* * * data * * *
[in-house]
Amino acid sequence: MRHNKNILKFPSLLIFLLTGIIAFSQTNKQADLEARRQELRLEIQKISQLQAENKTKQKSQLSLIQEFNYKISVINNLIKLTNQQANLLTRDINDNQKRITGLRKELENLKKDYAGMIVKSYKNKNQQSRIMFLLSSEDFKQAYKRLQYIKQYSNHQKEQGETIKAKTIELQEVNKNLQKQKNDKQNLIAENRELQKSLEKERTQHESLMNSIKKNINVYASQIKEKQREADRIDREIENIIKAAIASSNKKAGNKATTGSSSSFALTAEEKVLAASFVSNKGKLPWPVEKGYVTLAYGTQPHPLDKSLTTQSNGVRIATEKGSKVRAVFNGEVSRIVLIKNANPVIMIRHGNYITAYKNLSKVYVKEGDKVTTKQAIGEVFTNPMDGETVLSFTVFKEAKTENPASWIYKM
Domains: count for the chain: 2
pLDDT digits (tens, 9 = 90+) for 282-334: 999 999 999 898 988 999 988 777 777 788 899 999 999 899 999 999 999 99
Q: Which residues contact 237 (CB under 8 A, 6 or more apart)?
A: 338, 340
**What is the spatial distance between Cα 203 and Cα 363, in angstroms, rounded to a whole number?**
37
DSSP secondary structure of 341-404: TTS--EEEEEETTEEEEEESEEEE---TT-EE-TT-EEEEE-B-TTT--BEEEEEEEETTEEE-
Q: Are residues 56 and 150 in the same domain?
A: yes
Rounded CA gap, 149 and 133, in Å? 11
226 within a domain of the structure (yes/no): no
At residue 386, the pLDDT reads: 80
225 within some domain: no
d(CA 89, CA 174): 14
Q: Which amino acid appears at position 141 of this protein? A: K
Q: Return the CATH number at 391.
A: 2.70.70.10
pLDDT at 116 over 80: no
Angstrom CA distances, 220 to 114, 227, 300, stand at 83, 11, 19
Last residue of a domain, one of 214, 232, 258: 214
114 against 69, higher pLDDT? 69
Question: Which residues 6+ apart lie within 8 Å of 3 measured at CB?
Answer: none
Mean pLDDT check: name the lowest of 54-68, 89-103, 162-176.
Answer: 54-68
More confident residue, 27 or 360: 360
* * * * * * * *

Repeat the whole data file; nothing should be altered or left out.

[in-house]
Amino acid sequence: MRHNKNILKFPSLLIFLLTGIIAFSQTNKQADLEARRQELRLEIQKISQLQAENKTKQKSQLSLIQEFNYKISVINNLIKLTNQQANLLTRDINDNQKRITGLRKELENLKKDYAGMIVKSYKNKNQQSRIMFLLSSEDFKQAYKRLQYIKQYSNHQKEQGETIKAKTIELQEVNKNLQKQKNDKQNLIAENRELQKSLEKERTQHESLMNSIKKNINVYASQIKEKQREADRIDREIENIIKAAIASSNKKAGNKATTGSSSSFALTAEEKVLAASFVSNKGKLPWPVEKGYVTLAYGTQPHPLDKSLTTQSNGVRIATEKGSKVRAVFNGEVSRIVLIKNANPVIMIRHGNYITAYKNLSKVYVKEGDKVTTKQAIGEVFTNPMDGETVLSFTVFKEAKTENPASWIYKM
Domains: count for the chain: 2
pLDDT digits (tens, 9 = 90+) for 282-334: 999 999 999 898 988 999 988 777 777 788 899 999 999 899 999 999 999 99
Q: Which residues contact 237 (CB under 8 A, 6 or more apart)?
A: 338, 340
**What is the spatial distance between Cα 203 and Cα 363, in angstroms, rounded to a whole number?**
37
DSSP secondary structure of 341-404: TTS--EEEEEETTEEEEEESEEEE---TT-EE-TT-EEEEE-B-TTT--BEEEEEEEETTEEE-
Q: Are residues 56 and 150 in the same domain?
A: yes
Rounded CA gap, 149 and 133, in Å? 11
226 within a domain of the structure (yes/no): no
At residue 386, the pLDDT reads: 80
225 within some domain: no
d(CA 89, CA 174): 14
Q: Which amino acid appears at position 141 of this protein? A: K
Q: Return the CATH number at 391.
A: 2.70.70.10
pLDDT at 116 over 80: no
Angstrom CA distances, 220 to 114, 227, 300, stand at 83, 11, 19
Last residue of a domain, one of 214, 232, 258: 214
114 against 69, higher pLDDT? 69
Question: Which residues 6+ apart lie within 8 Å of 3 measured at CB?
Answer: none
Mean pLDDT check: name the lowest of 54-68, 89-103, 162-176.
Answer: 54-68
More confident residue, 27 or 360: 360